As with any written or graphic output, the design of the results from a processing device is important. Many times, the output from microfluidics is a series of values pertaining to specific components within a biological sample. Interpreting these results can be a daunting task. A mistake in interpreting these figures or even a simple mistake in matching the correct number to the correct variable can result in misdiagnosis of a patient or misinterpretation of the data. Designing better communications can be achieved in several ways. Using color to clearly identify good and bad values (or a range) is one simple technique. Using common graphic elements like scales and sliders can make information quick and intuitive to digest. Go further by designing the device and firmware to give the device the capability of providing only a positive or negative result. While this adds risk to the device itself, it can eliminate user error and greatly simplify the interpretation of the results.

Usability
Example of using color, graphic elements and contrast to clearly identify important information.

Removing the Cartridge and Sterilizing the Device
Another key consideration in medical device design is ease of cleaning and preparing for the next use. Microfluidics are no different and understanding how important contamination can be to the process can be key to achieving accurate results. The cartridge should be easily removable without leaving any residual fluids in the instrument (fully contained). Removal should be achievable without the user having to touch the inside of the device in order to avoid potential contamination. The device deign should minimize or eliminate part lines, nooks, and crannies where contaminants could get trapped. Trapped dirt, samples (i.e., blood) or fluid can jeopardize the efficacy to the next results.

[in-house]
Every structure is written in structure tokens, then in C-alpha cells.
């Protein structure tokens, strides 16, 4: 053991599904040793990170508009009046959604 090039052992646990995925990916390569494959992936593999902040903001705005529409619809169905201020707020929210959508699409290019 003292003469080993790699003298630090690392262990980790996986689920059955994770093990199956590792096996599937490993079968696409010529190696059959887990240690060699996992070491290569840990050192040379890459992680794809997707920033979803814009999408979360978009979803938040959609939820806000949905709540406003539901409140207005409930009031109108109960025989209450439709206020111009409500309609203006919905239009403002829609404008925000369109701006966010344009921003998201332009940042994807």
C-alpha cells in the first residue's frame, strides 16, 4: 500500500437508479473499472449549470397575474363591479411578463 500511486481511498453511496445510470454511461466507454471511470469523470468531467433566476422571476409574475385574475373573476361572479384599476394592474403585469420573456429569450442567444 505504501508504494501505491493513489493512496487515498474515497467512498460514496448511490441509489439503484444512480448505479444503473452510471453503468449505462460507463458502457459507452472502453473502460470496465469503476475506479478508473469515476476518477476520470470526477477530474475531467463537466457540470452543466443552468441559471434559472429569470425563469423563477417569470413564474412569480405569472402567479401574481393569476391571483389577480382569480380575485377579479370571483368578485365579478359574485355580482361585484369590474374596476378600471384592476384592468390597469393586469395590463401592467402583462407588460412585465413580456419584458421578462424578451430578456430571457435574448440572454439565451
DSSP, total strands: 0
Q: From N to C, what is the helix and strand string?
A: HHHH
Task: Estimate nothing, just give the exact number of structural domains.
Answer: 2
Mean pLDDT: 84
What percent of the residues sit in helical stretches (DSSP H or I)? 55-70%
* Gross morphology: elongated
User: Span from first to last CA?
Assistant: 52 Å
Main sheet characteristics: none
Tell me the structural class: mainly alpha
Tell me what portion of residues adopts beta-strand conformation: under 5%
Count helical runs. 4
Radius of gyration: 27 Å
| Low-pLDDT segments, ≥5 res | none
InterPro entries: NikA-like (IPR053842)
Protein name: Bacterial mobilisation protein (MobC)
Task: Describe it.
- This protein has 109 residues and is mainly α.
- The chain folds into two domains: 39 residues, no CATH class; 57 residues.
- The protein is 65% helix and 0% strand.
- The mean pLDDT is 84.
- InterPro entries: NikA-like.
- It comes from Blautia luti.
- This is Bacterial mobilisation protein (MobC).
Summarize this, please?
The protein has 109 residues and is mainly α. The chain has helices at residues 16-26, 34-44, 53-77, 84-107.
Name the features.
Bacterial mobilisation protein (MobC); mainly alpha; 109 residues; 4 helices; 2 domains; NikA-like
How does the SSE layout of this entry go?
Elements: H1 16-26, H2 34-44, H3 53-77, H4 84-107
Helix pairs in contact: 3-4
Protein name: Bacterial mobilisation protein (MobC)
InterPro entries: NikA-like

Consider the cartridge in Figure 1. Think about where one would load blood into the cartridge? How about the reagent? Where is it safe to grasp the cartridge without contaminating it? How does it go into the processing device? Can a pipette be inserted into the loading ports? What is up, what is down?

Usability
Figure 1

Now consider the cartridge in Figure 2 and ask the same questions.

Usability
Figure 2

Overall the usability of the re-designed cartridge is much improved. A clear gripping area intuitively defines where the user can touch and hold the cartridge. Colored labels with graphics depicting blood drops and chemicals clearly define where to load the fluids. Chamfered loading ports create a “funnel” reducing the minute accuracy required when loading the fluids. The asymmetrical design coupled with the finger grip clearly defines orientation and allows the cartridge to only be loaded into the processing device one way. Additional features like QR coded labels for patient assignment and sterilized packaging further help remove the possibility of user error and contamination.

When setting out to design a microfluidics cartridge it is important to look beyond how the cartridge processes a sample to understand all the areas where efficacy can be improved and user error reduced. Looking at the overall use scenario of a microfluidics cartridge and device, one starts to see the complex network of user interactions that are required to achieve a consistent and accurate result. One also sees many opportunities to design a better cartridge, process, and device. Going deeper and observing, understanding, and designing these interactions, can support the microfluidic science with better usability, less user error, and improved efficacy / outcomes.

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About The Author

Mike Loveless, Starfish Medical